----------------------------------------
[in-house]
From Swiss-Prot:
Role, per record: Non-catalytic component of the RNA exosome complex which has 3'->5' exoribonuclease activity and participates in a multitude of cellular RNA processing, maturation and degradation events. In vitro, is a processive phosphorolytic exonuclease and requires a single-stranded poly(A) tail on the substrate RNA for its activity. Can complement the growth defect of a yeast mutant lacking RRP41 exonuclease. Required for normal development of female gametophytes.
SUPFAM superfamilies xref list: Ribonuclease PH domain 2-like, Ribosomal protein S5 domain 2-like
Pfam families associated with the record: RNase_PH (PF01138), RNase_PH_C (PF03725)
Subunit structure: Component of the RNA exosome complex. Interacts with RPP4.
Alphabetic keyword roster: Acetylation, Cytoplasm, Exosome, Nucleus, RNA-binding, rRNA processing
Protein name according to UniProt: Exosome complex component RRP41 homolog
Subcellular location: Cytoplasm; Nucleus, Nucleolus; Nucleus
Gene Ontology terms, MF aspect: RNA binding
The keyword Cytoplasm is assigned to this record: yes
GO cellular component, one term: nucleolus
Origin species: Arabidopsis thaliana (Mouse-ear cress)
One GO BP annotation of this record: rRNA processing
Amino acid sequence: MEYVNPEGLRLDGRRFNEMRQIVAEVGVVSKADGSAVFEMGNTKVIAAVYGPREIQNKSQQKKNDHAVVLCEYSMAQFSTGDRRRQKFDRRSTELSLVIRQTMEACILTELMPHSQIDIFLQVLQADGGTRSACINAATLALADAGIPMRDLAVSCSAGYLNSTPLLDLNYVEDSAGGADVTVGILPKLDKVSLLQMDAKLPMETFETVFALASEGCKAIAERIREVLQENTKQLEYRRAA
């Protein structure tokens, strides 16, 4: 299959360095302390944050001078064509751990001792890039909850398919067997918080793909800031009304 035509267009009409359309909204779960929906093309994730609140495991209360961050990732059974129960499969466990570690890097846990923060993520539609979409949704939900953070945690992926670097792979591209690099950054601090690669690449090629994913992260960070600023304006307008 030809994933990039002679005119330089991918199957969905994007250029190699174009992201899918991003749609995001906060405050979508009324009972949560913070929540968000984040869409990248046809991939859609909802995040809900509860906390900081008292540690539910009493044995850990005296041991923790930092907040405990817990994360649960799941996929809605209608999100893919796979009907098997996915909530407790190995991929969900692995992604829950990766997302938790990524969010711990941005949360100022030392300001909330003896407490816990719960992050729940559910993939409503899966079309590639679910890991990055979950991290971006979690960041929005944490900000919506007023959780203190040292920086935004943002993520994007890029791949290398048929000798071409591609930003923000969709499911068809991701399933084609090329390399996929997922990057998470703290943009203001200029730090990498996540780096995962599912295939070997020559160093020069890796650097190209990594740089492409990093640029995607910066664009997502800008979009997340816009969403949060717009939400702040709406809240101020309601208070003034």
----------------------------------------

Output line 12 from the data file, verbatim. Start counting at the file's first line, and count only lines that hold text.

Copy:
GO cellular component, one term: nucleolus